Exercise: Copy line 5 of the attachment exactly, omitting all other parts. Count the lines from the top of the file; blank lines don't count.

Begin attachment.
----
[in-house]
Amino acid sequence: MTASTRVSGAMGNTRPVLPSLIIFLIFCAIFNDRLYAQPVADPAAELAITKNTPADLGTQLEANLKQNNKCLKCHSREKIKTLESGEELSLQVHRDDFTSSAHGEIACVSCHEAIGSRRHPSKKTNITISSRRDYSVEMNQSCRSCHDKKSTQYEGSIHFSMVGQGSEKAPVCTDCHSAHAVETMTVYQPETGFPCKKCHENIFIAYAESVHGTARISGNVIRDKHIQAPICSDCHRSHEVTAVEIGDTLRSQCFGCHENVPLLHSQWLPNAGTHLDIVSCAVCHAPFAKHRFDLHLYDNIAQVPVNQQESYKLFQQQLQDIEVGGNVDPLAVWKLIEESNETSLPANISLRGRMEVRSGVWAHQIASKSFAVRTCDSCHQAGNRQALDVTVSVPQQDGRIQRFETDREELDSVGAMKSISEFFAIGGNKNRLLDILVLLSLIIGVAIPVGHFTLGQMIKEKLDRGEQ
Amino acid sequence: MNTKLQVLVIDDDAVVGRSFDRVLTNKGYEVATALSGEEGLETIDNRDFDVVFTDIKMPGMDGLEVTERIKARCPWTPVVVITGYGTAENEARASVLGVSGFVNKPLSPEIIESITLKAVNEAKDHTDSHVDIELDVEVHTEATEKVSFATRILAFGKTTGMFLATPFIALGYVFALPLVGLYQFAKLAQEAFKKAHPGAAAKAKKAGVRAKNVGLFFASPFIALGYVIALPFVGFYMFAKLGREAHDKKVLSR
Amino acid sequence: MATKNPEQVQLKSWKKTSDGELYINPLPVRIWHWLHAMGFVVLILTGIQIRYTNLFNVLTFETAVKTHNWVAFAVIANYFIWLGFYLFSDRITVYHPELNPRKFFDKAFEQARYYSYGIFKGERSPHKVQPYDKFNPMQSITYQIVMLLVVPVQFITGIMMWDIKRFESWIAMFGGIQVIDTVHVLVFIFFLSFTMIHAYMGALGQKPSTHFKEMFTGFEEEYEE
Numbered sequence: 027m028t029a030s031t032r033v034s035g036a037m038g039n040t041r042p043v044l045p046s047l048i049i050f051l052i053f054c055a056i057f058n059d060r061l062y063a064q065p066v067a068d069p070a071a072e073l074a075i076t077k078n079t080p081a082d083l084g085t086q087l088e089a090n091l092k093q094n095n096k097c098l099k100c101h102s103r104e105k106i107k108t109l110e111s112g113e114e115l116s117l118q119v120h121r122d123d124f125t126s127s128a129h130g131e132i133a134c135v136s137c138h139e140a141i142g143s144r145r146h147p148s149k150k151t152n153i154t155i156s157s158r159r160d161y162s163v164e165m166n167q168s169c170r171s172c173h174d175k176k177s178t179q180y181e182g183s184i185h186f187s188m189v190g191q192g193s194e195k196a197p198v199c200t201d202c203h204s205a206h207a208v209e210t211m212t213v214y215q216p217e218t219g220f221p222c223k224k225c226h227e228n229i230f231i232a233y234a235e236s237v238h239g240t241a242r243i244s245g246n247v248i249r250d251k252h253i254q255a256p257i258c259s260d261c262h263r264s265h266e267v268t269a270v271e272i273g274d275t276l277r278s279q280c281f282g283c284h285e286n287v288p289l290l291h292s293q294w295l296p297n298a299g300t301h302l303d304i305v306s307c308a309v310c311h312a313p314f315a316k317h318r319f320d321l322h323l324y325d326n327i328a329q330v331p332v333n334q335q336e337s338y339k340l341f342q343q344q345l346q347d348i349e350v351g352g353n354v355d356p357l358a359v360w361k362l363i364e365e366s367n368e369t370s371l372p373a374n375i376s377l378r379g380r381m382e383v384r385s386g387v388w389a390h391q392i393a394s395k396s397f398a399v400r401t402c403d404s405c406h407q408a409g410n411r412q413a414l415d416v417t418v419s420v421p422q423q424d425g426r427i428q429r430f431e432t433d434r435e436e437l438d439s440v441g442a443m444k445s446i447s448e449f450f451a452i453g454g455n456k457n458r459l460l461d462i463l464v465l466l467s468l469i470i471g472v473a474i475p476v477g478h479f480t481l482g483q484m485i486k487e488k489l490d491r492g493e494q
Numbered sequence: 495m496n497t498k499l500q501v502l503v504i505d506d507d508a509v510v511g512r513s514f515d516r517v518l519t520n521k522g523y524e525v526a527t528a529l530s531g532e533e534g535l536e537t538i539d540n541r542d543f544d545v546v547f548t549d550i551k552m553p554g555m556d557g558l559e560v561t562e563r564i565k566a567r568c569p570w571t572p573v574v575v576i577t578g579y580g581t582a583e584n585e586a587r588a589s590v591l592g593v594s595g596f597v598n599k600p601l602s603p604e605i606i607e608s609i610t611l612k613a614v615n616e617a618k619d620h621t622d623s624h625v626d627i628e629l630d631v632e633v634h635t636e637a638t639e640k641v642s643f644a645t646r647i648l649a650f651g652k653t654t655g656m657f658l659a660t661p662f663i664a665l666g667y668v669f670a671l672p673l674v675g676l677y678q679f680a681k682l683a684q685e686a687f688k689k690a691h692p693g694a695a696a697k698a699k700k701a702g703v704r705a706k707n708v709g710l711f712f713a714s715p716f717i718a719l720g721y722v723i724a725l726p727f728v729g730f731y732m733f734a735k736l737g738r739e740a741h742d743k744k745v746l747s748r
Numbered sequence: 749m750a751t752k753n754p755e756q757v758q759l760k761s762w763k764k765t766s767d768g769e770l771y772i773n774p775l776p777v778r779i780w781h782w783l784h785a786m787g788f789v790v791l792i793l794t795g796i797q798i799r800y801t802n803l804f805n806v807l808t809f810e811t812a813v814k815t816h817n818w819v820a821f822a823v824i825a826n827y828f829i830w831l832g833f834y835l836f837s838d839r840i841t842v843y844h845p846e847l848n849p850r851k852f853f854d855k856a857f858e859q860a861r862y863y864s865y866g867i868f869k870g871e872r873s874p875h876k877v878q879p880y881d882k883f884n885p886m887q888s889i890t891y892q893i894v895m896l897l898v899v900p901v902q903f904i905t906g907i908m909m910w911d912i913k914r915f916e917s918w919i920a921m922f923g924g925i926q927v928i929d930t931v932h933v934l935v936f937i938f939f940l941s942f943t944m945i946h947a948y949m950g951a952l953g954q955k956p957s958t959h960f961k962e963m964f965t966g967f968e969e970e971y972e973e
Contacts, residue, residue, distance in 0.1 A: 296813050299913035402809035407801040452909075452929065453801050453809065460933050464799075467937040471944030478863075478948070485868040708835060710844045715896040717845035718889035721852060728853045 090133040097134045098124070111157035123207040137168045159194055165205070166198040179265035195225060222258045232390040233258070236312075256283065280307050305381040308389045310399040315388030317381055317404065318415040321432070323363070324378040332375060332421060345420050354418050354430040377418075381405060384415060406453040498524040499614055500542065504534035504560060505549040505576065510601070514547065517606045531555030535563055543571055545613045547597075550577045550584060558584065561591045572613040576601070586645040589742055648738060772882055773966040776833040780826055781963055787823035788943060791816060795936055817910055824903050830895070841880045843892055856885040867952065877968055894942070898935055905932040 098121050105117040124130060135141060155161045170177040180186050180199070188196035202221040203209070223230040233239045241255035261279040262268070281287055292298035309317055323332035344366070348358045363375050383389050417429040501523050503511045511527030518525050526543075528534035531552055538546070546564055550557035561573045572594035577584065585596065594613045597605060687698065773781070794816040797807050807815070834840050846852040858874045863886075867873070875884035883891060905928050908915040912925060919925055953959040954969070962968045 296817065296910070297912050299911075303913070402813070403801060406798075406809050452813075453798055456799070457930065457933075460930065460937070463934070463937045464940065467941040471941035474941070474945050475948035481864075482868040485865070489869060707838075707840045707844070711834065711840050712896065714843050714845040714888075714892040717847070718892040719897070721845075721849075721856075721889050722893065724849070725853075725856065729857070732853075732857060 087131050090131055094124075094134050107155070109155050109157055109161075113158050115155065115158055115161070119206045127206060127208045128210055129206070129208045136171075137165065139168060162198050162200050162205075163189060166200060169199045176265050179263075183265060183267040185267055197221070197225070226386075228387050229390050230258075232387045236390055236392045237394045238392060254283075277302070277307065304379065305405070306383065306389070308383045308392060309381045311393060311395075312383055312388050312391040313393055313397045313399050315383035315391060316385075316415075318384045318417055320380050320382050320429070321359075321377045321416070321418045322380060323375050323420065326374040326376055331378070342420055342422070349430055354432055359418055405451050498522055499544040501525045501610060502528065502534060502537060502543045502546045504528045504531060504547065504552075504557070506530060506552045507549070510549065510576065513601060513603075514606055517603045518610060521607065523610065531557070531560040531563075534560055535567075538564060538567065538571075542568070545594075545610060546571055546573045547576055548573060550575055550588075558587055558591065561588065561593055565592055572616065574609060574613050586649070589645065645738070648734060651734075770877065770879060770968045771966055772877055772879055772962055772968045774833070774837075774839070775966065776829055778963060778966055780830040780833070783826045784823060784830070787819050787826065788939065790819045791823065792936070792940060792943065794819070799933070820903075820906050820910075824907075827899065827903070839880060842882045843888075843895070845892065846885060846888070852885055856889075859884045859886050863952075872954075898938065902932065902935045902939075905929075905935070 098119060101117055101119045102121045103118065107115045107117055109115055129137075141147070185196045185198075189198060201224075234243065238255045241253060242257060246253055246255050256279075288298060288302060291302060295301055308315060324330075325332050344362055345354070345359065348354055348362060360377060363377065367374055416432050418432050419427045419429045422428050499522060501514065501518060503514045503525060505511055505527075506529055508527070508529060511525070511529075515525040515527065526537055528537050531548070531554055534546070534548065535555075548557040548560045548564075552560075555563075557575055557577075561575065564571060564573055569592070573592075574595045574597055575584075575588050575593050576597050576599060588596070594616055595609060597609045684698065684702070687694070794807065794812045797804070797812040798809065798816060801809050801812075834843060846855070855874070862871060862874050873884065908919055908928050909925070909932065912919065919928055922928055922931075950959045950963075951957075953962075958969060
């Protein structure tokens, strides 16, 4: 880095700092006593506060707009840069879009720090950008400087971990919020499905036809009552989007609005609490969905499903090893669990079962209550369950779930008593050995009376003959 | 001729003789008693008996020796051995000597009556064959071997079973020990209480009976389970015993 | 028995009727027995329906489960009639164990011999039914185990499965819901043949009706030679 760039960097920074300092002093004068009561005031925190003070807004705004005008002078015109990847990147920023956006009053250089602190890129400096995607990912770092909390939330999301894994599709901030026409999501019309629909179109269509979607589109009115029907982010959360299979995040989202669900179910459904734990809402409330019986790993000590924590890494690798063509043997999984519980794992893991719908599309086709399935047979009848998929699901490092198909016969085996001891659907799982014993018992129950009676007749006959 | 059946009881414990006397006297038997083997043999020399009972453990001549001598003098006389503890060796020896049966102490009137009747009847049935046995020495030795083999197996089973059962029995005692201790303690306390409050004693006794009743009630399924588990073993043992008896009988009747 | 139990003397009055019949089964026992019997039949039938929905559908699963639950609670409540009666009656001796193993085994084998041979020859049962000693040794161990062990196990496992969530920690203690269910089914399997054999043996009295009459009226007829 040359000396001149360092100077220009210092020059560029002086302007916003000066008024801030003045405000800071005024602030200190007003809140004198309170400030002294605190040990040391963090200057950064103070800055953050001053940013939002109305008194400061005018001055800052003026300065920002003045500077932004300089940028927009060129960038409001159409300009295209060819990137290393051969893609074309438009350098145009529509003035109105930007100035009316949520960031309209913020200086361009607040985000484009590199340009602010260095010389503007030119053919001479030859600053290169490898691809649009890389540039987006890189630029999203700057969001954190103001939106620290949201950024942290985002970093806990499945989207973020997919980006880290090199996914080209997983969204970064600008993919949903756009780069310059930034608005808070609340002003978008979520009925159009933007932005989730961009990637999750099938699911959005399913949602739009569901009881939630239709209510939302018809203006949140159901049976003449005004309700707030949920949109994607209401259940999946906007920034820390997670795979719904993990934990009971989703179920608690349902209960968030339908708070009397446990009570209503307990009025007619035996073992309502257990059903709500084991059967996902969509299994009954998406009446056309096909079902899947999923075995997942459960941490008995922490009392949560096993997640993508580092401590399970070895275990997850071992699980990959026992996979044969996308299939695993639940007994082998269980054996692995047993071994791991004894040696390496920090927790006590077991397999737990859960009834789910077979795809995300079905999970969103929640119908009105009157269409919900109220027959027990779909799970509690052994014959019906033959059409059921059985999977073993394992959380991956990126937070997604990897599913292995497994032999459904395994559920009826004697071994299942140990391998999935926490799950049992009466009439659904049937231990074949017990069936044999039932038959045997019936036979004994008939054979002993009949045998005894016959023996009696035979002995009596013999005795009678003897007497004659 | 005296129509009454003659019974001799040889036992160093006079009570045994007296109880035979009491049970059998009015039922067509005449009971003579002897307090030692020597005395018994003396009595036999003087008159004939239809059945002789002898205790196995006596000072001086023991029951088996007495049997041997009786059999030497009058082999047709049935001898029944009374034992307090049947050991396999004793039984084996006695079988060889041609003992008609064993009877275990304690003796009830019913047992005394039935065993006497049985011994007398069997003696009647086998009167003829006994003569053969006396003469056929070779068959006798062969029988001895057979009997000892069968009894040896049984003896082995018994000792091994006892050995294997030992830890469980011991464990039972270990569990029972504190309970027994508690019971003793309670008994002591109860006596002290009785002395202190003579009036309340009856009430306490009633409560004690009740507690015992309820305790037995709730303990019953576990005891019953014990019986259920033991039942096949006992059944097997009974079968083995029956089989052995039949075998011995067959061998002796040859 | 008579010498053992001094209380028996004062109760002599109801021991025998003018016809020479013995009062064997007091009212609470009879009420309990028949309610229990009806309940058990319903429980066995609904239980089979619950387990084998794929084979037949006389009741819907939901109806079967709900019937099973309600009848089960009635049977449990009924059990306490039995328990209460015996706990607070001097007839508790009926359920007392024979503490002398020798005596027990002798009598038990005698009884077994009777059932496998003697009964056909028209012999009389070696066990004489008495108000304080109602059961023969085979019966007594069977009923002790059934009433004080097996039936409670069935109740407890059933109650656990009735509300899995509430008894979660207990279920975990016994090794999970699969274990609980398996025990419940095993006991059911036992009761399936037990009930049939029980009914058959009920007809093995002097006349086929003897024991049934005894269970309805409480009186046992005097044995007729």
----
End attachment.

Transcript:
Numbered sequence: 027m028t029a030s031t032r033v034s035g036a037m038g039n040t041r042p043v044l045p046s047l048i049i050f051l052i053f054c055a056i057f058n059d060r061l062y063a064q065p066v067a068d069p070a071a072e073l074a075i076t077k078n079t080p081a082d083l084g085t086q087l088e089a090n091l092k093q094n095n096k097c098l099k100c101h102s103r104e105k106i107k108t109l110e111s112g113e114e115l116s117l118q119v120h121r122d123d124f125t126s127s128a129h130g131e132i133a134c135v136s137c138h139e140a141i142g143s144r145r146h147p148s149k150k151t152n153i154t155i156s157s158r159r160d161y162s163v164e165m166n167q168s169c170r171s172c173h174d175k176k177s178t179q180y181e182g183s184i185h186f187s188m189v190g191q192g193s194e195k196a197p198v199c200t201d202c203h204s205a206h207a208v209e210t211m212t213v214y215q216p217e218t219g220f221p222c223k224k225c226h227e228n229i230f231i232a233y234a235e236s237v238h239g240t241a242r243i244s245g246n247v248i249r250d251k252h253i254q255a256p257i258c259s260d261c262h263r264s265h266e267v268t269a270v271e272i273g274d275t276l277r278s279q280c281f282g283c284h285e286n287v288p289l290l291h292s293q294w295l296p297n298a299g300t301h302l303d304i305v306s307c308a309v310c311h312a313p314f315a316k317h318r319f320d321l322h323l324y325d326n327i328a329q330v331p332v333n334q335q336e337s338y339k340l341f342q343q344q345l346q347d348i349e350v351g352g353n354v355d356p357l358a359v360w361k362l363i364e365e366s367n368e369t370s371l372p373a374n375i376s377l378r379g380r381m382e383v384r385s386g387v388w389a390h391q392i393a394s395k396s397f398a399v400r401t402c403d404s405c406h407q408a409g410n411r412q413a414l415d416v417t418v419s420v421p422q423q424d425g426r427i428q429r430f431e432t433d434r435e436e437l438d439s440v441g442a443m444k445s446i447s448e449f450f451a452i453g454g455n456k457n458r459l460l461d462i463l464v465l466l467s468l469i470i471g472v473a474i475p476v477g478h479f480t481l482g483q484m485i486k487e488k489l490d491r492g493e494q